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Pennsylvania Makes Big Step to Enforce Constitution

Pennsylvania Makes Big Step to Enforce Constitution

The state House today voted to significantly expand the so-called Castle Doctrine, which gives a homeowner the right to use deadly force to protect his life, his family or his house against a threatening intruder or assailant.

The House voted 159 to 38 in favor of House Bill 40, sponsored by Rep. Scott Perry, R-York, which would expand protections included in the long-held idea that "a man's home is his castle."

Under present law, homeowners can use a gun or knife or other deadly weapon to defend themselves if they find themselves facing an intruder while in their living room, dining room, den, kitchen, basement or other areas within their house.

But some areas of a house -- a garage, a porch or deck, a driveway, a front or back yard, or a personal vehicle -- are not currently included in the places where an imperiled homeowner can simply fire at an intruder. Before doing so, the homeowner must first "retreat,'' meaning step backward, away from the intruder.

"That's absurd,'' Mr. Perry said.

Under his legislation, which now goes to the Senate, a homeowner could use deadly force against an intruder who accosts him in a garage, porch, yard etc. without first having to step back. The "duty to retreat'' would cease and a homeowner could "stand his ground."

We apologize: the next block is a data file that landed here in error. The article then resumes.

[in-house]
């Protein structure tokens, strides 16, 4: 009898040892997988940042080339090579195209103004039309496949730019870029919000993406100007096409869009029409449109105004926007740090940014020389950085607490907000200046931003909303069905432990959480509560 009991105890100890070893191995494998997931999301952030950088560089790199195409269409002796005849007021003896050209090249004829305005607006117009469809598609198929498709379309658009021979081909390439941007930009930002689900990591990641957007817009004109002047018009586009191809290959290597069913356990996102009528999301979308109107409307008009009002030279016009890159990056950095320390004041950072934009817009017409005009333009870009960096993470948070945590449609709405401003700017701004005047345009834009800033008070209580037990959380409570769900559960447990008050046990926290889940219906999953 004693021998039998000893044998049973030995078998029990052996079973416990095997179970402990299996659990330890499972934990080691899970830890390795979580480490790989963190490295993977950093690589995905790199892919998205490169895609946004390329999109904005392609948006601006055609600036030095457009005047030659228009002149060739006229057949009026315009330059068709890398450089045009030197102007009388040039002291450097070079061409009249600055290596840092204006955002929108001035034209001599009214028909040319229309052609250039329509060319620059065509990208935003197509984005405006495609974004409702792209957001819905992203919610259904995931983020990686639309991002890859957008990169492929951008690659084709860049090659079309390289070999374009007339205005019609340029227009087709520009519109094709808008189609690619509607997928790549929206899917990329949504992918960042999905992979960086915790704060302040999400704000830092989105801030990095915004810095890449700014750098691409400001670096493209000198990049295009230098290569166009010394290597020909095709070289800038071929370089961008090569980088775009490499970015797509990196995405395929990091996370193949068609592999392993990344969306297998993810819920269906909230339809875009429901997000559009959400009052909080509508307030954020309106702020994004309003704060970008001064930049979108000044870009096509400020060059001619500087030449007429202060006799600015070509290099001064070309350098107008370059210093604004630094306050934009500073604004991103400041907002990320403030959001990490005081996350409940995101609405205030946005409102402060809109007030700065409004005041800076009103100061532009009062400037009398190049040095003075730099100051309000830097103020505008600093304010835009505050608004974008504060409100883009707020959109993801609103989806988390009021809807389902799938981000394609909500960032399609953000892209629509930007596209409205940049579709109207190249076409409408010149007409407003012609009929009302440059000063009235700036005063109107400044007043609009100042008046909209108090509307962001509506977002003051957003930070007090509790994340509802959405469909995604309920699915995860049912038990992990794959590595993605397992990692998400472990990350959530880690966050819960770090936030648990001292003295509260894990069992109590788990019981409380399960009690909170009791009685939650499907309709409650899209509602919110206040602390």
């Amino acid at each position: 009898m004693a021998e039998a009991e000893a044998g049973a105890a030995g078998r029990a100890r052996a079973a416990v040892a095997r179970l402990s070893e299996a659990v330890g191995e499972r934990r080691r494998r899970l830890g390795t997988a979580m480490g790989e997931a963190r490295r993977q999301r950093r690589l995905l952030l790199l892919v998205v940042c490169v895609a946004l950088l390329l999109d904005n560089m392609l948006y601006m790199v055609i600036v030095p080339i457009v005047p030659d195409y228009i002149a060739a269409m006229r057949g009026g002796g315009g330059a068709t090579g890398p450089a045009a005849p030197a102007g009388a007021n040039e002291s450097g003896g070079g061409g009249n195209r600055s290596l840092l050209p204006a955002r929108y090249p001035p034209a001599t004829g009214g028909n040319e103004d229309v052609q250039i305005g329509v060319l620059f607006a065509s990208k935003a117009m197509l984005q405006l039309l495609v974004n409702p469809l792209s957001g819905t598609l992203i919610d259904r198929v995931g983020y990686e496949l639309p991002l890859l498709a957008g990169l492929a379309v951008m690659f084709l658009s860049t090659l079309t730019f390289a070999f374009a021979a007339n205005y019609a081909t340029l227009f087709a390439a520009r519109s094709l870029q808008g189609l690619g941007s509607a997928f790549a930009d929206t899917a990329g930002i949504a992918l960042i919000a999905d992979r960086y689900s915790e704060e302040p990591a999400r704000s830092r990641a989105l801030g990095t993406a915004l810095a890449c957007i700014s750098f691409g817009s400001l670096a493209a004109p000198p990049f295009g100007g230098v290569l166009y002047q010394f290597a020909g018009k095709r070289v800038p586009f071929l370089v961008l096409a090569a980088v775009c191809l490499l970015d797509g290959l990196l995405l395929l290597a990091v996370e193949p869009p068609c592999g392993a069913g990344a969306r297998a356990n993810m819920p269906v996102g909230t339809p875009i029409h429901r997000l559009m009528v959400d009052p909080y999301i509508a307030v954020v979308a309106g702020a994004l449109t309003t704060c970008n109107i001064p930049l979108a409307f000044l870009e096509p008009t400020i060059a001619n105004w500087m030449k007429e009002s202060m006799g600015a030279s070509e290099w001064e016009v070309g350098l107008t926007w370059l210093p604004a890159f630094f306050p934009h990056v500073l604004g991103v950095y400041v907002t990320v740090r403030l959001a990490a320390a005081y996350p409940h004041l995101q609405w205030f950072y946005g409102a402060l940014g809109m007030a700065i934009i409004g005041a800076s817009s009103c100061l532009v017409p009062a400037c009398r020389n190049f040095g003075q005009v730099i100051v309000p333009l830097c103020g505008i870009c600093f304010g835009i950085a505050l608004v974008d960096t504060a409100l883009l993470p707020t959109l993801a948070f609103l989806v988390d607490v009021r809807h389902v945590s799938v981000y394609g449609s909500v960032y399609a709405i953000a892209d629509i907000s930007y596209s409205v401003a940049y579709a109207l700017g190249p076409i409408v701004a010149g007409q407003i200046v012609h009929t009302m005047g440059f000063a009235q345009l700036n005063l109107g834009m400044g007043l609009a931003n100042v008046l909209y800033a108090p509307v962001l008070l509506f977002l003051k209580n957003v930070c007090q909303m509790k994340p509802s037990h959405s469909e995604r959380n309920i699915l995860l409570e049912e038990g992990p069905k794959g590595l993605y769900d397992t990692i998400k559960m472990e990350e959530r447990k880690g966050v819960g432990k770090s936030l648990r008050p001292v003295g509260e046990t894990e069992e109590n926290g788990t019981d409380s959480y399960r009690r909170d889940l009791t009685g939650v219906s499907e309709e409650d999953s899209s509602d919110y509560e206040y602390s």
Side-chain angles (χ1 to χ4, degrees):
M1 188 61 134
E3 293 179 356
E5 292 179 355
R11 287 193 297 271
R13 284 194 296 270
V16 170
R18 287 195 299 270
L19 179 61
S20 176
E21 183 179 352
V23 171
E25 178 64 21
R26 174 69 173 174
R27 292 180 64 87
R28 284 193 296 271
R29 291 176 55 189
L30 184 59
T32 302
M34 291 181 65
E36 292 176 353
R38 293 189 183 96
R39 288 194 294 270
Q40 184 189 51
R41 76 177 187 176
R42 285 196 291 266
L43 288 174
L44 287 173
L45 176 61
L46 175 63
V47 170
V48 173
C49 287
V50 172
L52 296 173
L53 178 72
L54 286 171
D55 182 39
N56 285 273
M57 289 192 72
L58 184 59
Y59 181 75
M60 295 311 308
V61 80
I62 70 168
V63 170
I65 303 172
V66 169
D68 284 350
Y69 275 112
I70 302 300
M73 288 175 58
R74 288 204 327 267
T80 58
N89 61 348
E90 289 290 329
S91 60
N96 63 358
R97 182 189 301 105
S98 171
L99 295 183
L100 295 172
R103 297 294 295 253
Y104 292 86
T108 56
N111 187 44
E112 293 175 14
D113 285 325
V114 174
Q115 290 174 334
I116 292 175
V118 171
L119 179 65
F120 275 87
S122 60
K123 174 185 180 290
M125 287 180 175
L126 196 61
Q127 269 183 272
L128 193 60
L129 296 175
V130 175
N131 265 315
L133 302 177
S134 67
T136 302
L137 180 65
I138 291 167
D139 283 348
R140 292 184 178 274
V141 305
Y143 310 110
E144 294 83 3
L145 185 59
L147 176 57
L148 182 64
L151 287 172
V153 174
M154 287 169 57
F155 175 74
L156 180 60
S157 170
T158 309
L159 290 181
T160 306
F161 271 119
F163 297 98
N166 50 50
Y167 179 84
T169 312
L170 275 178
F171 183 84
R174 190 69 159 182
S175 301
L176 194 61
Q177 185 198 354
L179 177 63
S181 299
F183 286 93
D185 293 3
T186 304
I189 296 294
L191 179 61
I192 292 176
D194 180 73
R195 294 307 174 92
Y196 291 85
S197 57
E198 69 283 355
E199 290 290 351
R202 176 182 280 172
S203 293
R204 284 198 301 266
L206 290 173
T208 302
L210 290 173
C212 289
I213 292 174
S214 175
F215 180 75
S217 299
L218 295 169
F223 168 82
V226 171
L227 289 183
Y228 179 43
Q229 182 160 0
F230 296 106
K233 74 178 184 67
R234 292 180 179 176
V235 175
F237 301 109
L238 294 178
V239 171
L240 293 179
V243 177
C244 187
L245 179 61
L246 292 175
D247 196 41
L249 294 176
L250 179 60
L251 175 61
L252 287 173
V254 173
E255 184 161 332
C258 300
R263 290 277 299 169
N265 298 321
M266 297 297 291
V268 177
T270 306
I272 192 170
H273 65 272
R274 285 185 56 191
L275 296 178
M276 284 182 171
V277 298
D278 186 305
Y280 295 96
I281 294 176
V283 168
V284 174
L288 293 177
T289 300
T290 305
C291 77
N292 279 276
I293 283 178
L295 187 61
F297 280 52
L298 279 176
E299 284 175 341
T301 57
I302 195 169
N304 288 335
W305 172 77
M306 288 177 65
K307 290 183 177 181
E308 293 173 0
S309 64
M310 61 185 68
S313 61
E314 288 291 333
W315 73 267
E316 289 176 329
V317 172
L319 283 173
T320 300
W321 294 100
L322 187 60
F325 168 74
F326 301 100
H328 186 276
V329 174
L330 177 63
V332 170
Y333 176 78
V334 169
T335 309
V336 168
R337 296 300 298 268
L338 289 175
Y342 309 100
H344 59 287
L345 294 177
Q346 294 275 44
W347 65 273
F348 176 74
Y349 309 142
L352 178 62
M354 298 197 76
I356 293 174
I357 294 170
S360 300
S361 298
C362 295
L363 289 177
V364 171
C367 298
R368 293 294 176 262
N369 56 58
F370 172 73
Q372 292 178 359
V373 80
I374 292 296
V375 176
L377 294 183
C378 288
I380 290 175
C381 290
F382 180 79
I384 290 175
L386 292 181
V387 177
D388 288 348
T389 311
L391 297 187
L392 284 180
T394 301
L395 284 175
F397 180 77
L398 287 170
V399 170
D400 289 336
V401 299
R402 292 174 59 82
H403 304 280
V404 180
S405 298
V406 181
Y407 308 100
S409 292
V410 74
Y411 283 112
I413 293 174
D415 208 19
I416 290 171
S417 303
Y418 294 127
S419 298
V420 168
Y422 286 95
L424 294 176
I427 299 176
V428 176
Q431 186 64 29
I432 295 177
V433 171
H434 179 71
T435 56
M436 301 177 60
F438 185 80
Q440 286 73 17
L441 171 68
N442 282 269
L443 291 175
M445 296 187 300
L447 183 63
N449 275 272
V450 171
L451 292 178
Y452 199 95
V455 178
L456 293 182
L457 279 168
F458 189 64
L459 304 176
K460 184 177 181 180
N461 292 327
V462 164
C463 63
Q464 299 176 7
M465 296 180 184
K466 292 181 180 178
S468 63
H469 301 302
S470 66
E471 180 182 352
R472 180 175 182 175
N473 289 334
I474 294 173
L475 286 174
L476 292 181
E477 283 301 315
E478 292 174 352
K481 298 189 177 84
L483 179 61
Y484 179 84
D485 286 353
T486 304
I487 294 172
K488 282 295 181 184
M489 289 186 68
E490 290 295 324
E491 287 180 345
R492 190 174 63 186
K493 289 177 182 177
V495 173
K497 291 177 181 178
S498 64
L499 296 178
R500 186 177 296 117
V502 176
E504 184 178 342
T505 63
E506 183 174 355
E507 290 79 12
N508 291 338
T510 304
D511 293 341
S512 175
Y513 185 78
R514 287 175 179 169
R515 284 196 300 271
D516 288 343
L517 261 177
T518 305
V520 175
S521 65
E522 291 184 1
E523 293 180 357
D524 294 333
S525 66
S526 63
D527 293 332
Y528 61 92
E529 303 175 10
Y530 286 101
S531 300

But in order to justify the use of force, the homeowner must "genuinely feel his life and safety, or the lives and safety of his family, are threatened,'' Mr. Perry said.

Passage of the bill led to emotional comments from legislators.

"There will be more blood on the streets if this bill becomes law,'' said Rep. Vanessa Lowery Brown, D-Philadelphia. "It encourages people to use deadly force even if they can safely retreat.''

The new law also would protect someone who uses a weapon for defense, as long as the owner is in a place where he or she is "legally permitted to be,'' such as being in a store, restaurant or other venue, walking in a parking lot or just walking along the street.

In any case, police and district attorneys would retain the right to investigate any shooting and determine if a would-be victim was justified in shooting a would-be criminal. A district attorney could still bring criminal charges if he thought the potential victim fired his weapon too quickly, without proper justification or without

The entire bill can be viewed at and plugging "HB40" into the box at the top.

The bill still needs Senate approval, and there are only a few days left in the current session. Gov. Ed Rendell said Tuesday he's not familiar with the bill's details and couldn't say if he'd sign it. He would have 10 days after it gets final legislative approval to make up his mind.

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